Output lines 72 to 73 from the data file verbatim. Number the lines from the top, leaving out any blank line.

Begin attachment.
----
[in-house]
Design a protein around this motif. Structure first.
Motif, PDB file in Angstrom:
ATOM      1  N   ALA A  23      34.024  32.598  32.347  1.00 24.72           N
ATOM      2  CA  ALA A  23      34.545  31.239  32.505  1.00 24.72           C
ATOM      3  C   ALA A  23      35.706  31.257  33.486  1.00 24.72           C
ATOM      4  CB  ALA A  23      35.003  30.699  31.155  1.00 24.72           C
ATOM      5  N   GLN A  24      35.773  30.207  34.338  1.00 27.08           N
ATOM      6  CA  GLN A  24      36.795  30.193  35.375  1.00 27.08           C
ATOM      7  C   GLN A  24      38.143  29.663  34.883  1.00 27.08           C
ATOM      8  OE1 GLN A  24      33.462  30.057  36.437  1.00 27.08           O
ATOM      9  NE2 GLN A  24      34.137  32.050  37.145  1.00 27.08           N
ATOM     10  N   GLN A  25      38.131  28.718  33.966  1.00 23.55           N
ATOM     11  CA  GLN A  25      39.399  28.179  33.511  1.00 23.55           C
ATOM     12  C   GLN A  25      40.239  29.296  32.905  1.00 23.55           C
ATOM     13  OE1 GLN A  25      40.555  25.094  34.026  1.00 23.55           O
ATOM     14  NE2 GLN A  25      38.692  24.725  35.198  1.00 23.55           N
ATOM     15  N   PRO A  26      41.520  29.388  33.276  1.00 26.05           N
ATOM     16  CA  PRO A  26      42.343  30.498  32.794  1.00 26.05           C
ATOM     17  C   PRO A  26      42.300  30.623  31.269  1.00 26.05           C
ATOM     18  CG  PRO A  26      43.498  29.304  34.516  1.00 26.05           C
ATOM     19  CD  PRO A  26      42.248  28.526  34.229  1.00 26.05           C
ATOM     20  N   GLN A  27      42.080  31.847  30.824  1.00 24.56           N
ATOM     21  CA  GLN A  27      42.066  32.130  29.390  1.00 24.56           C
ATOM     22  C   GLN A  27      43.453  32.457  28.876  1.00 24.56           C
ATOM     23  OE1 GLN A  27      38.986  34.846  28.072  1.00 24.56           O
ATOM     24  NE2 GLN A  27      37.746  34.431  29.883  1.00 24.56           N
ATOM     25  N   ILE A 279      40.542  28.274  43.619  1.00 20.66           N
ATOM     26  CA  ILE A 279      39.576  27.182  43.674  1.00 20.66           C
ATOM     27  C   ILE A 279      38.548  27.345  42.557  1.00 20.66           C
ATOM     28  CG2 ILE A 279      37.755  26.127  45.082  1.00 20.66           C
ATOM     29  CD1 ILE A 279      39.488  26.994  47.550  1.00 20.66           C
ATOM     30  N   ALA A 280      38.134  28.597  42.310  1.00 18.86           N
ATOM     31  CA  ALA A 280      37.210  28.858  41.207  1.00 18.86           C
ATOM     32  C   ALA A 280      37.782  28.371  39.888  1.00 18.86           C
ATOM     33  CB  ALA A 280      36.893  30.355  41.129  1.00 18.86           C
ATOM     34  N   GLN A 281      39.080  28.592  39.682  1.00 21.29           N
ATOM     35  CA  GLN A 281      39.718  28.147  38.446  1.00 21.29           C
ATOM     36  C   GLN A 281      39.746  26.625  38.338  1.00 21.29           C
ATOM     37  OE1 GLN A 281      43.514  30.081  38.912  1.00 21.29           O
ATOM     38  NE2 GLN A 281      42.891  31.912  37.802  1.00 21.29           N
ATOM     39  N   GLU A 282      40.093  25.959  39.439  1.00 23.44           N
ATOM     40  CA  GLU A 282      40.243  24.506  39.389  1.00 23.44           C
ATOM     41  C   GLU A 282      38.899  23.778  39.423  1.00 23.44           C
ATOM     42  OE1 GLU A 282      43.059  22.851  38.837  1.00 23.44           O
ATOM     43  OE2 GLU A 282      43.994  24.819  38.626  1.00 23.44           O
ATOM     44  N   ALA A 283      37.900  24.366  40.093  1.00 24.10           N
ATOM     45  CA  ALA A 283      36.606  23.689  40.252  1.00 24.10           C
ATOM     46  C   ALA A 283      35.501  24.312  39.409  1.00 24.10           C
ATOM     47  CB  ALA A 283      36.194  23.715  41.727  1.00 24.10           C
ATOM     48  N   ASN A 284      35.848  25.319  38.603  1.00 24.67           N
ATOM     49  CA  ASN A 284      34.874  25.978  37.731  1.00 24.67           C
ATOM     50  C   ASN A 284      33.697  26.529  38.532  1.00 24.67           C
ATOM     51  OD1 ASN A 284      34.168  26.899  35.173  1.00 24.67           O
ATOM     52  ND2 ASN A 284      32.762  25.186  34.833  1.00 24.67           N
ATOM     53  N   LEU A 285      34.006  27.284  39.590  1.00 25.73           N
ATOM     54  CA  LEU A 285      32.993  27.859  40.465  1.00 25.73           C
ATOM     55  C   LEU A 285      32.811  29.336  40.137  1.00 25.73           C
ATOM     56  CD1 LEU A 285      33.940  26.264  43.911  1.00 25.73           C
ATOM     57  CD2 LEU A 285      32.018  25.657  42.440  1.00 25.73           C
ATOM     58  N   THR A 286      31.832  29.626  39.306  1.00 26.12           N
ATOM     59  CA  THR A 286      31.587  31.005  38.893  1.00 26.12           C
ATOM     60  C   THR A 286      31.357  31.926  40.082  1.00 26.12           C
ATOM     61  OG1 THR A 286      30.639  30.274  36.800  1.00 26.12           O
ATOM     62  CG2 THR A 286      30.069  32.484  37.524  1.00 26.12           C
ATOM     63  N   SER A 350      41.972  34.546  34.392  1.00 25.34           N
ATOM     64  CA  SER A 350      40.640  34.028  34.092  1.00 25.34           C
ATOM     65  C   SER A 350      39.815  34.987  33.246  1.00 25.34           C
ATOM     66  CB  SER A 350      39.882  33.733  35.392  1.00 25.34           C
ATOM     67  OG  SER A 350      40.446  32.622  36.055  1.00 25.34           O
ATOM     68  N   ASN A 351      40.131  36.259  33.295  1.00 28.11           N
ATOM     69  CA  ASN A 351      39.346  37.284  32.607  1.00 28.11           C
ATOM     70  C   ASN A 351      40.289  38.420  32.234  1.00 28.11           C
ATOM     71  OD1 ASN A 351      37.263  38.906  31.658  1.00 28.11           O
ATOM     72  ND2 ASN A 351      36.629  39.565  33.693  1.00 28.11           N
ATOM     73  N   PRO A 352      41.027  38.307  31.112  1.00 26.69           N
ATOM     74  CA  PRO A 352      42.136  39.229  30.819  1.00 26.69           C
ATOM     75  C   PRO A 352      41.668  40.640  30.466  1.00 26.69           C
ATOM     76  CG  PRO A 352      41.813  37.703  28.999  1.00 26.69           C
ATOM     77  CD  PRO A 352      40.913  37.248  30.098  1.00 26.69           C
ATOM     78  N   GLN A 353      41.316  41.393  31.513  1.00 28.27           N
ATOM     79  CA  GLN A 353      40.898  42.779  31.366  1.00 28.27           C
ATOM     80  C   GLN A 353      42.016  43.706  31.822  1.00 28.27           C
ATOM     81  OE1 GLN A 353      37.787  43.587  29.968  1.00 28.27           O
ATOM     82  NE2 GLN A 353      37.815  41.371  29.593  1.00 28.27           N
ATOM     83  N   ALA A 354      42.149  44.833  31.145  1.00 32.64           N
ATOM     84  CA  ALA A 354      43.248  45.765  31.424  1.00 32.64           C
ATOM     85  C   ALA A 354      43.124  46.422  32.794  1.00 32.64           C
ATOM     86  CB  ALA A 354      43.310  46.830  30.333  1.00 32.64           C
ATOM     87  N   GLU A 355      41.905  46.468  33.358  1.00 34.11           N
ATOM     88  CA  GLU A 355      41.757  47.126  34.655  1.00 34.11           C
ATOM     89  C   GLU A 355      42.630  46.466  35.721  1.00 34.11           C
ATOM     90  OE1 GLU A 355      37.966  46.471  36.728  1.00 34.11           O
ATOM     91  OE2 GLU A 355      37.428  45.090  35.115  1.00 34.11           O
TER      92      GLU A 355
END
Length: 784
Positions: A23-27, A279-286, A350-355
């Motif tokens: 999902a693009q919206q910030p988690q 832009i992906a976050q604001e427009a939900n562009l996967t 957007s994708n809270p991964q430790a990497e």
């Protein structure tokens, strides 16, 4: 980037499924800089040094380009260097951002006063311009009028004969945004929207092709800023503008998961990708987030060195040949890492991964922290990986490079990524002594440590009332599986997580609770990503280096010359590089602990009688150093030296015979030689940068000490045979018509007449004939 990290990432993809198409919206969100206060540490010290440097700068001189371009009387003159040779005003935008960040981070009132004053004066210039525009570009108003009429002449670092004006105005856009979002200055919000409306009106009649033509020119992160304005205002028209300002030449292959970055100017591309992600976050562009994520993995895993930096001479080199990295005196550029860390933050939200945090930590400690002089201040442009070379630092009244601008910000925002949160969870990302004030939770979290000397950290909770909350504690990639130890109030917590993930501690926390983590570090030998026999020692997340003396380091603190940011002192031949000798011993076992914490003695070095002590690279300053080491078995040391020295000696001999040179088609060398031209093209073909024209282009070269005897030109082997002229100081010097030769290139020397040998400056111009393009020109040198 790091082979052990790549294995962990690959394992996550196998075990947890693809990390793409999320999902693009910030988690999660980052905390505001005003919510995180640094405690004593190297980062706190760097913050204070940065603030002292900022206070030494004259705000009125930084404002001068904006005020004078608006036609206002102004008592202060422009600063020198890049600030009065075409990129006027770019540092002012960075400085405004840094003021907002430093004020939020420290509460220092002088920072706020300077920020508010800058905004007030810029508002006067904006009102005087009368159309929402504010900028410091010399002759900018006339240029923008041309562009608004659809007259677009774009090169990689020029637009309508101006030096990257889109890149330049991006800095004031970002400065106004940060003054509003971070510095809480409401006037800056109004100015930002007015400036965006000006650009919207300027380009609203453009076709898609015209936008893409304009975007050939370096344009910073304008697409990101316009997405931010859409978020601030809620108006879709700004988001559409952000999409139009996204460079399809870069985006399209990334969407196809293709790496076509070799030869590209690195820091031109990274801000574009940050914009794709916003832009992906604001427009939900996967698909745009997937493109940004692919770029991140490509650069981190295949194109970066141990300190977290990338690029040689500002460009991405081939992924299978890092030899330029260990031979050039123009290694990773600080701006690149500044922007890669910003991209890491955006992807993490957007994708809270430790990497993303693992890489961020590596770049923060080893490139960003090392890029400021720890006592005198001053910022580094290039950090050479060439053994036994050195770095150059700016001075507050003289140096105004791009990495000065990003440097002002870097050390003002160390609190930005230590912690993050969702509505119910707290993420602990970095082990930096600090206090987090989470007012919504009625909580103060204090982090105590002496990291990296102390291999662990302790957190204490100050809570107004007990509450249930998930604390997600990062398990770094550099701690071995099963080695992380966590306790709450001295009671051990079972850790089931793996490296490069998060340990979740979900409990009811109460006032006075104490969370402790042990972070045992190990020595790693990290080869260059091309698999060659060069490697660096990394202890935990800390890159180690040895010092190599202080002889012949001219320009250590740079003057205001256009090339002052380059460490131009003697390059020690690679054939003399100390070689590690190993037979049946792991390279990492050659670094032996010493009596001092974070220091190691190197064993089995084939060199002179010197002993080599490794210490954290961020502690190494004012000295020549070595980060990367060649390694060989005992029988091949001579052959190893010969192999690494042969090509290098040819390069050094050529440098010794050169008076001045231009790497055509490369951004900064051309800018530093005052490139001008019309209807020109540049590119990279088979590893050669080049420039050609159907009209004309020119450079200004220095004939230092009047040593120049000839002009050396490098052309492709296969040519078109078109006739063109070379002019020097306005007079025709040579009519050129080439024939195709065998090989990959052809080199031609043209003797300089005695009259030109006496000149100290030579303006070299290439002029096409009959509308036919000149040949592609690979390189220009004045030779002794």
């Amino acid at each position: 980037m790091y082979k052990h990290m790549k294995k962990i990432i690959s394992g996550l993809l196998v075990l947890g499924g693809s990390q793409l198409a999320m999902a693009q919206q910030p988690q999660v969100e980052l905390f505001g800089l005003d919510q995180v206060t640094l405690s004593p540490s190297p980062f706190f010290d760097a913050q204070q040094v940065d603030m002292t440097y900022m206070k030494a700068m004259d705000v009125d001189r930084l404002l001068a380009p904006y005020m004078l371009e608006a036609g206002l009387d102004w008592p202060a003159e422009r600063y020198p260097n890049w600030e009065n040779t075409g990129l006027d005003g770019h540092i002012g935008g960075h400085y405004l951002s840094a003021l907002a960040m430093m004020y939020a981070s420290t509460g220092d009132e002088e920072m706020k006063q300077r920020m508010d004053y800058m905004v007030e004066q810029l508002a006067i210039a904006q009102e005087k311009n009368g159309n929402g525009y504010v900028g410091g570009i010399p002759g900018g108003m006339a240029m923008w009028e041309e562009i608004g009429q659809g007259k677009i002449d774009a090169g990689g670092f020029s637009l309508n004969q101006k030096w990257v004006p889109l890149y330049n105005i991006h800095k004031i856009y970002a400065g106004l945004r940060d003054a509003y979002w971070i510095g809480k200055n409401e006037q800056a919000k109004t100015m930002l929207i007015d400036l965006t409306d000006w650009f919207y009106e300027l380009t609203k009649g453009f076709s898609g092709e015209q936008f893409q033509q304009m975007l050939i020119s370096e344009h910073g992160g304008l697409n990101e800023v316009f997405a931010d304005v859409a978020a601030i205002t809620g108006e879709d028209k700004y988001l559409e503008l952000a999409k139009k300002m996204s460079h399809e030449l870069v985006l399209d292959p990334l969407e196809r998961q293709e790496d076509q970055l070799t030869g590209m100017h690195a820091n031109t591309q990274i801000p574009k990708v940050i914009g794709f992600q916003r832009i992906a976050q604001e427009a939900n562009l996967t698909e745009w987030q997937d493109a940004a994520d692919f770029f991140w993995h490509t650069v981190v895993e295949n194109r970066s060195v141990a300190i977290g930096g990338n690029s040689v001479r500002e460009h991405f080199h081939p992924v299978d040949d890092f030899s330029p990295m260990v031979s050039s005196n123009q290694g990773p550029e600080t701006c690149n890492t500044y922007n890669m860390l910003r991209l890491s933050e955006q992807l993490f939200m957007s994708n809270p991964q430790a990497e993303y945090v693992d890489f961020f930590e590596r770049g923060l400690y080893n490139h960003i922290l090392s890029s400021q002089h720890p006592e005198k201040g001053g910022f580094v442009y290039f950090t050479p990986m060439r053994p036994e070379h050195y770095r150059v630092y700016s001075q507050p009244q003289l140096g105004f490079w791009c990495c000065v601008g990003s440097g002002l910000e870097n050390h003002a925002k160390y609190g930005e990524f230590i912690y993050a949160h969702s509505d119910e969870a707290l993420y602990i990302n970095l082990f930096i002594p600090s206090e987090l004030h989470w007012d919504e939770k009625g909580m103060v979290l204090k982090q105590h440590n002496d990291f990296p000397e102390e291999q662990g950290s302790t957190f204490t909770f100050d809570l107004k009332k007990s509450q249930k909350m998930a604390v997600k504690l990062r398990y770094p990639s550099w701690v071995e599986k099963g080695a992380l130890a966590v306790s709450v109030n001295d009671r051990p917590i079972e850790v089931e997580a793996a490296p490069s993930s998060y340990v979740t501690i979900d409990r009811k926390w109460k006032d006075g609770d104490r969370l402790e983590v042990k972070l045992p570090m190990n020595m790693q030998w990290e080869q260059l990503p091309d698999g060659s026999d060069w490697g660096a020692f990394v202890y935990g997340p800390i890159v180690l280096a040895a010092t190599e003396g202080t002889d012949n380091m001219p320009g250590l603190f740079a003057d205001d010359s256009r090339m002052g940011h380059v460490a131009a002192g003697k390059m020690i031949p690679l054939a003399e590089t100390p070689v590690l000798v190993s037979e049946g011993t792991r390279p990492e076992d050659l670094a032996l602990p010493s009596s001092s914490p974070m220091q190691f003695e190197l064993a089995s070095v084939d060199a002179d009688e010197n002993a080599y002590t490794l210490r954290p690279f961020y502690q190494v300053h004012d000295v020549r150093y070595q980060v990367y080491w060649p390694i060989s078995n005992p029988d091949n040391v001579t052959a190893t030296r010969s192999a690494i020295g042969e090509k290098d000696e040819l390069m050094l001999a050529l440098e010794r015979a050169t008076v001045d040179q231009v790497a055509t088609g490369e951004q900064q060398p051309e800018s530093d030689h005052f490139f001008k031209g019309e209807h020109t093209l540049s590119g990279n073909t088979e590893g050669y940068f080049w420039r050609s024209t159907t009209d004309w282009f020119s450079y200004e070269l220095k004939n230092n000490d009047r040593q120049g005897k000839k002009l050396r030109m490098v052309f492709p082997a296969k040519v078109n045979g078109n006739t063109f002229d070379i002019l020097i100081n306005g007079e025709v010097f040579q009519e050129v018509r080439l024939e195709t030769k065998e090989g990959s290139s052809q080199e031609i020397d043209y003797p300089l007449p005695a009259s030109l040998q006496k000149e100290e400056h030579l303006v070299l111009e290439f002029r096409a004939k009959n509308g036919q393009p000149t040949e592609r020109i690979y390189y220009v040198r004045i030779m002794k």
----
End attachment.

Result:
ATOM     69  CA  ASN A 351      39.346  37.284  32.607  1.00 28.11           C
ATOM     70  C   ASN A 351      40.289  38.420  32.234  1.00 28.11           C